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One of my clearest memories of just before I left for Spain for the first time is some advice that my oldest sister had for me. She said that when I came to Spain, the first thing I needed to do was learn the swear words. Honestly, I failed at taking that advice since I feel like that's something I'm only just picking up now (besides the most basic swears anyway), but I was always a little strange.
Most kids in my high school language classes had these books called something like Hide This French/Spanish Book From Your Teacher and they contained all the filthiest things that you could ever possibly want to say in your new language.
And now I've got my secondary students, who somehow can rattle off a string of swears at me like nobody's business, but still refuse to conjugate verbs in the past tense. Go figure.
So today I'm going to give in to popular demand and teach some Spanish palabrotas (swear words), except I'm going to teach the nice versions (well, nicer anyway), the ones you can more or less say in front of your high school Spanish teacher or to a stranger. Sound like fun? Here we gooooooooooo.
1. ostra--This one is a little bit like saying "gosh" or "jeez" in Spanish, because the word it comes from, hostia (host in the religious sense), is for some reason way more popular than "Dios" or "Jesús"(God or Jesus). It literally means "oysters."
2. miércoles--Literally this means "Wednesday," but it's something that people say to avoid saying mierda, or shit. It's basically the equivalent of saying "shoot!"
The next three are all ways to avoid saying joder, which means "fuck" (in the expletive sense, not the verbal sense...there's a distinct verb for that).
3. jolín--This one I hear a lot at school, both from the kids and the teachers. It's kind of a childish way to not say joder, and I think of it as kind of like saying "Oh fudge!"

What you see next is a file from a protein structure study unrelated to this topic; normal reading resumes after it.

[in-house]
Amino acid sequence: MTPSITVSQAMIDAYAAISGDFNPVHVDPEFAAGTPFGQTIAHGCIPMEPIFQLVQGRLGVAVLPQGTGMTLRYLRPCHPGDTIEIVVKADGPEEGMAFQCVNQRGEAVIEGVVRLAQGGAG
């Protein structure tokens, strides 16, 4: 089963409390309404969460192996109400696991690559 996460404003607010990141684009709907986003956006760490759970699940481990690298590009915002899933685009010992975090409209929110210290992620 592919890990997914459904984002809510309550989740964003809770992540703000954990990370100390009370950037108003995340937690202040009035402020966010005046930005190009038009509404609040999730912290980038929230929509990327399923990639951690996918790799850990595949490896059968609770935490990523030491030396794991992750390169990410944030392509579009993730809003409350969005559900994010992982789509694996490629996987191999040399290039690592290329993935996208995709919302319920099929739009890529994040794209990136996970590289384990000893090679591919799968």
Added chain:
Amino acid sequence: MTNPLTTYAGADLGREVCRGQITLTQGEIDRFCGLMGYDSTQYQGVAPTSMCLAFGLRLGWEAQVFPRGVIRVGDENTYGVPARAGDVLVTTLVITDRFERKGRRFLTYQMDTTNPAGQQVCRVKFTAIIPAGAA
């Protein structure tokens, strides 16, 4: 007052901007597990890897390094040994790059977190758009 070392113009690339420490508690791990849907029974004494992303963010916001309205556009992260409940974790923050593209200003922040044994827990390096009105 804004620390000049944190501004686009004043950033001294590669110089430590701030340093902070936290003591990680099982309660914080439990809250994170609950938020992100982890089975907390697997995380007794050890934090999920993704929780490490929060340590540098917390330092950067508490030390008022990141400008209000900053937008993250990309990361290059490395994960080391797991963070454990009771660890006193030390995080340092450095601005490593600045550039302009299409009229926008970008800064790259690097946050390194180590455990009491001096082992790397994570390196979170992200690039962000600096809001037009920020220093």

4. joer--I don't hear this one as much, but I think of it as something like "frig" in English, as in "What the frig!?"
5. jo--To me, this one seems the most like saying "eff" as in "Eff that!"
6. mi ma--This, I guess, is a way to avoid taking your mother's name in vain?? I'm not exactly sure, but it comes from "madre mía," which literally means "my mother" but is used here in a similar way to how we use "my God" in English.
And these last two are kind of silly to me, because even censored they're still inappropriate (if you're not sure why, it's because they're about shitting on something). If you're going to swear, why not just go all out? But anyway, here they are.
7. me cago en diez--Literally, "I shit on ten," but the diez is a way to avoid saying Dios. The original expression is "Me cago en Dios" or "I shit on God." I guess this one is a way to swear while not feeling Catholic guilt for taking God's name in vain? Don't ask me, I don't get it either.
8. me cago en la leche--Another way to avoid taking God's name in vain, but this one is more gross mental-imagery-wise. It means "I shit in the milk." Um, ew. Question for consideration: why are Spaniards so obsessed with shitting in or on things???
That's all I could think of for now. What ones did I miss? And how many of these are specific to Spain and are not used in other Spanish-speaking countries?